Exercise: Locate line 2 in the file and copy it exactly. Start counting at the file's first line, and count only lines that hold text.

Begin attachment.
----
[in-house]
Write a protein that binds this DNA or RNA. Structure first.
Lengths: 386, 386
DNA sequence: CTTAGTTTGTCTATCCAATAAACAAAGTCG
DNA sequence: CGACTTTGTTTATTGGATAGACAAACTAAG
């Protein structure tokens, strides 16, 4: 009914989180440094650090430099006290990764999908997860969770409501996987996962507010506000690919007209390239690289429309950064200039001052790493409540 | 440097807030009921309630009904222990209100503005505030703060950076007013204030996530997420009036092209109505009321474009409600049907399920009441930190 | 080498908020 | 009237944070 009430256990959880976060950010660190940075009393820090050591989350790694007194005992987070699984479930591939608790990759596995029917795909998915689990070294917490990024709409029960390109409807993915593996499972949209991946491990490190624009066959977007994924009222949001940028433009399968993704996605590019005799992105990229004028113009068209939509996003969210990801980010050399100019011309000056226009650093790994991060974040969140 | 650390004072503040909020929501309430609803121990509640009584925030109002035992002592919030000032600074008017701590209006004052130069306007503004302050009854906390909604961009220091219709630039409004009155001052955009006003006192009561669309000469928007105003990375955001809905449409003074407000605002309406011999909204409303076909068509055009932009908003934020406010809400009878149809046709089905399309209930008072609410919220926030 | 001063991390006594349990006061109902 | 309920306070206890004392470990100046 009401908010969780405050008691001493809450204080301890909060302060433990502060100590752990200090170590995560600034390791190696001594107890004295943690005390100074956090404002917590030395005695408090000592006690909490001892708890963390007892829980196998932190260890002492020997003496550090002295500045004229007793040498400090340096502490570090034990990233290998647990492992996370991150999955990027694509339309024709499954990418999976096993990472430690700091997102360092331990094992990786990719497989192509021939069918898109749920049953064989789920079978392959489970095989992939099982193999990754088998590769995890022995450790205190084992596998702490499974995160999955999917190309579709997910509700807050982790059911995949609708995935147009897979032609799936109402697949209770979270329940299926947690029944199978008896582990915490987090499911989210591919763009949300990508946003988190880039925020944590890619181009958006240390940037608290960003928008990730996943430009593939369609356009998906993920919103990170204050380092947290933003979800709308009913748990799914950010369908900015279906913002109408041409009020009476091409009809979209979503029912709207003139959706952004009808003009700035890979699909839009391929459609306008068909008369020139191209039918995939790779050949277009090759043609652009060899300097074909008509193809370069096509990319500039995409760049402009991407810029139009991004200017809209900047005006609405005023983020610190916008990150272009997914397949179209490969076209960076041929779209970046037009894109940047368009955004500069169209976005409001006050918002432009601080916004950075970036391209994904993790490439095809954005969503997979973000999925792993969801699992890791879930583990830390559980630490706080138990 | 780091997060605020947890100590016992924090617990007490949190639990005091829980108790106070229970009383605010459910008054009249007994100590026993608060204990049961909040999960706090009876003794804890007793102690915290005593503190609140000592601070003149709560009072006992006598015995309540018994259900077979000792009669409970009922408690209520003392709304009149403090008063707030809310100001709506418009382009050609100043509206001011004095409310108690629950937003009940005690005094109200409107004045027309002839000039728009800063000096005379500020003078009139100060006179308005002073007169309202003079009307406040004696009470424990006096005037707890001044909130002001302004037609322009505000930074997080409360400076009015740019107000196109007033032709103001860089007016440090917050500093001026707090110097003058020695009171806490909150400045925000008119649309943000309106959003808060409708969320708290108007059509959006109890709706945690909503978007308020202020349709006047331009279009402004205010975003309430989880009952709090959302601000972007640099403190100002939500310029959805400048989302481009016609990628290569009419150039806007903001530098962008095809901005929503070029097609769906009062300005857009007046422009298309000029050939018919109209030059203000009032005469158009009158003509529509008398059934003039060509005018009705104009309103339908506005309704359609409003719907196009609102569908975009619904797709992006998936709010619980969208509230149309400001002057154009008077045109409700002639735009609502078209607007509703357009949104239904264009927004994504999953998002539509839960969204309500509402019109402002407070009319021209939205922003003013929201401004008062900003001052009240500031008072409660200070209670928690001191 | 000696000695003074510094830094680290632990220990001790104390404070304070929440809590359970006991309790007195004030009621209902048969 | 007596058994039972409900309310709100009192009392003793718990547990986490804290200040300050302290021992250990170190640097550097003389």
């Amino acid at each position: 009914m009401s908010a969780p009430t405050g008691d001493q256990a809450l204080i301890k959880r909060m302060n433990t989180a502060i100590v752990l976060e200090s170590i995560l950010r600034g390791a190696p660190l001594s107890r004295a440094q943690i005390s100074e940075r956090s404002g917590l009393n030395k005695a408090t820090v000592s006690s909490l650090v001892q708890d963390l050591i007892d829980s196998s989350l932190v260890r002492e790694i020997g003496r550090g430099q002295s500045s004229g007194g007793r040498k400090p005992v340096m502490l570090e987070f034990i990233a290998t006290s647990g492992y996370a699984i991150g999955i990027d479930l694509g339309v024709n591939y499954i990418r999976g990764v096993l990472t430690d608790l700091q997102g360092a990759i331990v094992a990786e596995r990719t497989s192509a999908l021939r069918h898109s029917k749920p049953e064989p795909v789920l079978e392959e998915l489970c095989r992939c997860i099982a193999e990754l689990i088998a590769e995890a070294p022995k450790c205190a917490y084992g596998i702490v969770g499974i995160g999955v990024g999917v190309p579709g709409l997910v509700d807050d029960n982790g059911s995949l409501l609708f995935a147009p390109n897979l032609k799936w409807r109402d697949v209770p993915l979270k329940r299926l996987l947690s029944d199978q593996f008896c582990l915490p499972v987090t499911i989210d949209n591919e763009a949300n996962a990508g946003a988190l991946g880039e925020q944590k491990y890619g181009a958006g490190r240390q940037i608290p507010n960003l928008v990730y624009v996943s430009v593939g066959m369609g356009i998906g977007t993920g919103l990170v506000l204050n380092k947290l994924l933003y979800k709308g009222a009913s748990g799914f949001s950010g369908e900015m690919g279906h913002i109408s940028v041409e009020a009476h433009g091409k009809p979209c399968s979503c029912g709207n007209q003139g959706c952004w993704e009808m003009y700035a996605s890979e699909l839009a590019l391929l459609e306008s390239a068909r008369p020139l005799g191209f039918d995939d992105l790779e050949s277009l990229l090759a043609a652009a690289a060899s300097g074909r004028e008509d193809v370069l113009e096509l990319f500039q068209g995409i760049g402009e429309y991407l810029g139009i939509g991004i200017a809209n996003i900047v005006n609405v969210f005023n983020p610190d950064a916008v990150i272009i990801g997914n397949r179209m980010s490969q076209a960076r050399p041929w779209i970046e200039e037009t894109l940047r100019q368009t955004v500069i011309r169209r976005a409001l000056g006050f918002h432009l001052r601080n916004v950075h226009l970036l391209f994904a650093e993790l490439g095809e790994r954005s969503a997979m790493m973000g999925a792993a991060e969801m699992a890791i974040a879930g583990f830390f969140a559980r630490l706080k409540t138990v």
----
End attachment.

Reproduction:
Write a protein that binds this DNA or RNA. Structure first.